Trumpf's Leibinger points to strong China and UK markets for laser machining

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Trumpf CEO, Dr Nicola Leibinger-Kammüller, has said that the ‘fog is beginning to lift’ on the recession, from the laser system company’s point of view. She made her comments at an open day, held at Trumpf’s UK technology centre in Luton yesterday, where the UK branch is celebrating 40 years of business.

Trumpf has seen sales remain relatively flat for the 2012/2013 financial year, with sales growing by one per cent to €2.34 billion. Its pre-tax profits, however, dropped by 26.9 per cent to €154 million from €211 million, due to the company acquiring two new companies and increasing its R&D investment last year.

Leibinger-Kammüller commented that the Chinese market had become one of the company’s strongest regions. Last year, Trumpf purchased 72 per cent of Chinese business, Jiangsu Jinfangyuan CNC Machine Company (JFY), in order to reinforce its market position in China.

Elsewhere, Leibinger-Kammüller said that Trumpf was well represented and succeeding in South America through its Brazilian division. She also said that the company generates less profit in India, due to the weakness of the rupee.

In the UK, Leibinger-Kammüller expects higher turnover because of the increased investment the UK is making in industry and manufacturing. Trumpf UK managing director, Scott Simpson, said that the company predicts an end of 2013/2014 financial year total of £45 million, which would be a 15 per cent increase on last year.

Trumpf UK was one of the first subsidiaries of Trumpf GmbH. Founded in 1974 in St Albans with only five employees, it moved to its current headquarters in Luton in the 1980s and now has around 100 staff.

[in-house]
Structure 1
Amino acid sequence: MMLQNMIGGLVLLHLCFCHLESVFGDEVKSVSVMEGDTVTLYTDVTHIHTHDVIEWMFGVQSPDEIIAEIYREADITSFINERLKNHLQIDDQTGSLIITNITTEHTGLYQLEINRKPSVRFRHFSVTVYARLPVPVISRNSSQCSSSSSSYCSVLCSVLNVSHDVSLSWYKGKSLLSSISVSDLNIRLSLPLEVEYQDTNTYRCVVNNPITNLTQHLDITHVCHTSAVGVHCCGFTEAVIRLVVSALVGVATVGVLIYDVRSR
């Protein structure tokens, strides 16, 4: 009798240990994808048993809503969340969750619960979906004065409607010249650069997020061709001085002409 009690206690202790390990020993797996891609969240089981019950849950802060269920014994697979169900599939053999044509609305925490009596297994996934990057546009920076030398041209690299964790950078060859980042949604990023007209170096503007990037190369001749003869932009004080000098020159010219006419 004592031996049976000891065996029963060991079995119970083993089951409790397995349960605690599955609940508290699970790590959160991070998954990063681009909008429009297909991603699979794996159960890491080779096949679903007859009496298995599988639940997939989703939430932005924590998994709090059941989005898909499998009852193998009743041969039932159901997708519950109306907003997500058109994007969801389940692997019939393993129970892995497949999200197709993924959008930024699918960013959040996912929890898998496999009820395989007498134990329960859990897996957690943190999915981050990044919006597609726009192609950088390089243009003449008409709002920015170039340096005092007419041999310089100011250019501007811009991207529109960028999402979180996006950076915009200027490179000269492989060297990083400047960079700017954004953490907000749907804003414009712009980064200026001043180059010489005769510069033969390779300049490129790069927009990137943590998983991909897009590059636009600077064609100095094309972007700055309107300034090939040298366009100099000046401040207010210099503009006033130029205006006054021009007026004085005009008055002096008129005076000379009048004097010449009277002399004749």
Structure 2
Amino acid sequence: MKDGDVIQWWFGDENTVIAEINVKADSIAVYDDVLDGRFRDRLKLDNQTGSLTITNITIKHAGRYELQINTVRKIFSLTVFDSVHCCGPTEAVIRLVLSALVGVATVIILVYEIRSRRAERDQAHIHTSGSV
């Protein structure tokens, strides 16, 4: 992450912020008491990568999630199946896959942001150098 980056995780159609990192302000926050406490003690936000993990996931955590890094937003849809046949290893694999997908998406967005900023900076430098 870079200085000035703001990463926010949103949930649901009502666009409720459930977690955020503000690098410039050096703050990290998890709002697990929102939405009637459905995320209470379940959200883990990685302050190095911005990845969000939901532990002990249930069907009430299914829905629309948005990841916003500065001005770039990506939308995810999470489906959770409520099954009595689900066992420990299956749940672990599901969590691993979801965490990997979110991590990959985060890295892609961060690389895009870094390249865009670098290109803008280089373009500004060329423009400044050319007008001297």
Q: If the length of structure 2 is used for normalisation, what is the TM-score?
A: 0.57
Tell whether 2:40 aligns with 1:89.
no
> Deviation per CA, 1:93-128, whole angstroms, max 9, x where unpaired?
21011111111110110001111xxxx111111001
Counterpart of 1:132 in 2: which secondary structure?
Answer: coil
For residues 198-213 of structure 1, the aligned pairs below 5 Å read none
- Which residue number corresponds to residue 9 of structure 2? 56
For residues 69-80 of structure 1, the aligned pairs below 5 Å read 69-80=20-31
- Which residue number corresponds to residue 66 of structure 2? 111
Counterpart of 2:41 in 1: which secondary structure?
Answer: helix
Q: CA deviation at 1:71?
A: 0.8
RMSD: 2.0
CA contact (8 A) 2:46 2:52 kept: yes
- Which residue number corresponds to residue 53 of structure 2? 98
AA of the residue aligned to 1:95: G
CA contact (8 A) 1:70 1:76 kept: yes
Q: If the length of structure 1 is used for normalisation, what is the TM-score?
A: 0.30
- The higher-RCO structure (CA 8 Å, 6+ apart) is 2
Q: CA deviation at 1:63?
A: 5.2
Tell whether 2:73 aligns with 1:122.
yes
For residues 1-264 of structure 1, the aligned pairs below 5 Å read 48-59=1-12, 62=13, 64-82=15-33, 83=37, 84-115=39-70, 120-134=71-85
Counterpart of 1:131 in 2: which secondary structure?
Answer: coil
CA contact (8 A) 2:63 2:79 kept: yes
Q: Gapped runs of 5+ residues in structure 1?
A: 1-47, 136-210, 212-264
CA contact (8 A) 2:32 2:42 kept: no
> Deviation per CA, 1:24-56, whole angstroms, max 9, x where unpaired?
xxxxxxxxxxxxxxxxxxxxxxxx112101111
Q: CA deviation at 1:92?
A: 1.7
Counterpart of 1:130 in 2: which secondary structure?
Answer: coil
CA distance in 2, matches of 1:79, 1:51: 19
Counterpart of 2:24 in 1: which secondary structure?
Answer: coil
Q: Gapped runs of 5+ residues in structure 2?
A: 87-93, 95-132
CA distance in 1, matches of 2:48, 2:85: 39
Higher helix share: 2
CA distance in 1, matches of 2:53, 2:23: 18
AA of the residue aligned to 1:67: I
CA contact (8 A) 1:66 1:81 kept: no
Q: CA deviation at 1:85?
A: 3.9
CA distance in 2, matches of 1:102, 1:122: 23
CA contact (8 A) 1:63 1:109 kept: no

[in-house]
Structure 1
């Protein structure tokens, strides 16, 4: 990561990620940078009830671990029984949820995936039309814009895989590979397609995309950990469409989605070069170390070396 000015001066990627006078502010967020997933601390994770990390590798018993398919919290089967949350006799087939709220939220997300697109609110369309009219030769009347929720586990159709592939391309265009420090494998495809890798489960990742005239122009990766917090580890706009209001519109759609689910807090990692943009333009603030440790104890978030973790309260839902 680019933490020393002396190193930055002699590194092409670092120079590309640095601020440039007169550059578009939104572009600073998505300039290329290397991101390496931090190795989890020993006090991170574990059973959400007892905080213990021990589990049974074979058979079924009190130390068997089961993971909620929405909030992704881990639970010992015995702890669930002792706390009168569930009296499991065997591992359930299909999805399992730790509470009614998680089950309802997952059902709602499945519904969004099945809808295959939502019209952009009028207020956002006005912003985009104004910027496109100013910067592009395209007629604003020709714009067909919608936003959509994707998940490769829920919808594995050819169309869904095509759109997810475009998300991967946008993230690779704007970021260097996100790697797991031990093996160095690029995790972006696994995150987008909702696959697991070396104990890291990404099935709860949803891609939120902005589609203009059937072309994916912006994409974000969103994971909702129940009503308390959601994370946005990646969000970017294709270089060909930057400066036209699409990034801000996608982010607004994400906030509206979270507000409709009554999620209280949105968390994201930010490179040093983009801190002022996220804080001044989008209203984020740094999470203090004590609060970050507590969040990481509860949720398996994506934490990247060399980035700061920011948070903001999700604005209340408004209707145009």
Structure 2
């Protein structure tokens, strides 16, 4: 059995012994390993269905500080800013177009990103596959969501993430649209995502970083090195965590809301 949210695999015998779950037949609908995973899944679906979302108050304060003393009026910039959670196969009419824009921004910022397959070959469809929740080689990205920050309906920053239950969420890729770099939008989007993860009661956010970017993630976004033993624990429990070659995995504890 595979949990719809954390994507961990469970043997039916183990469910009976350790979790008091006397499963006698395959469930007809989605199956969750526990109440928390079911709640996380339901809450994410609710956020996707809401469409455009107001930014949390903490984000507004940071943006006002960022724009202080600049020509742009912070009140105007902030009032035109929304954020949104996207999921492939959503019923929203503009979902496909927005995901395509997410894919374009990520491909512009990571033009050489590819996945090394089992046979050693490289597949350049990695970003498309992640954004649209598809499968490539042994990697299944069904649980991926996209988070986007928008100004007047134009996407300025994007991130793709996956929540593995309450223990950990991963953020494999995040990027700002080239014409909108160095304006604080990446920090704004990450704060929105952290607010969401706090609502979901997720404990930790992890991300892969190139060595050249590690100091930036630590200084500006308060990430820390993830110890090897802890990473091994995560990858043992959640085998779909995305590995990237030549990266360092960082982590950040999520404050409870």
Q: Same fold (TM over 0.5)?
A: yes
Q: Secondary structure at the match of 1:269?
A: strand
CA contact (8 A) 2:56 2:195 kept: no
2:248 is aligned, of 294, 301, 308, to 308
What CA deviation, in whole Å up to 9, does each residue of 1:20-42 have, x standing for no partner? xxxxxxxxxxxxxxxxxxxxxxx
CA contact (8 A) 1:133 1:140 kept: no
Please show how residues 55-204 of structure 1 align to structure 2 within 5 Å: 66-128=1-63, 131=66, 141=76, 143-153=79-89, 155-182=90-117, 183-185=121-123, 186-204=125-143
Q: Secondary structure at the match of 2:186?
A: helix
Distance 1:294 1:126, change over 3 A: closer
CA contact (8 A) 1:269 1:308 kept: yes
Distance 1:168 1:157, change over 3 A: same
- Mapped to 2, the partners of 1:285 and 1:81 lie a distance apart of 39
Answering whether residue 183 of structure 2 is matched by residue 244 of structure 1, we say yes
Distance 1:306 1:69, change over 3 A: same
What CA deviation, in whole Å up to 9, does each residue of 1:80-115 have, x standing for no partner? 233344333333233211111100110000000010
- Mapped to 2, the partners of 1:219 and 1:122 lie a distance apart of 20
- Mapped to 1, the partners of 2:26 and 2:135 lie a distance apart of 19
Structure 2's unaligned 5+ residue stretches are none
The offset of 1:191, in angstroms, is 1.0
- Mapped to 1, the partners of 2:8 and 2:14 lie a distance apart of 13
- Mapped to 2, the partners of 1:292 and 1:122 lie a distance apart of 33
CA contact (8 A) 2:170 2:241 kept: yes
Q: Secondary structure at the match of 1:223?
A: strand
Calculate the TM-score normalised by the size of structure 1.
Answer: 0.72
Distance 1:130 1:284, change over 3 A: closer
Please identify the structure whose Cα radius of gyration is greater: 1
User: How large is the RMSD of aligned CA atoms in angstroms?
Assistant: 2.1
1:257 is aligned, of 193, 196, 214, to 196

At the open day, the company demonstrated its TruLaser 5030 Fibre systems with BrightLine fibre technology. The BrightLine technology improves the performance of solid-state lasers for cutting thicker materials, according to Trumpf, which could lead to solid-state systems superseding CO2 lasers.

Leibinger-Kammüller attributed Trumpf’s success in part to its family values and training engineers from a young age. There was evidence of this in the UK subsidiary’s centre, including an electric go-kart, a result of the company sponsoring school groups as part of a Greenpower-organised race day scheduled for July 2014. The go-kart, which is still being built, will reach speeds of 50mph.

Trumpf stated the importance of industry and technology leaders joining forces with schools, colleges, and universities to maintain a high level of science and engineering expertise. Simpson stated that there is hope, as the term ‘engineer’ is no longer held as a dirty word. The public opinion is now that people would rather go into a technology-orientated job than banking, and that the long held tradition of brilliant British engineering is being revived, he said.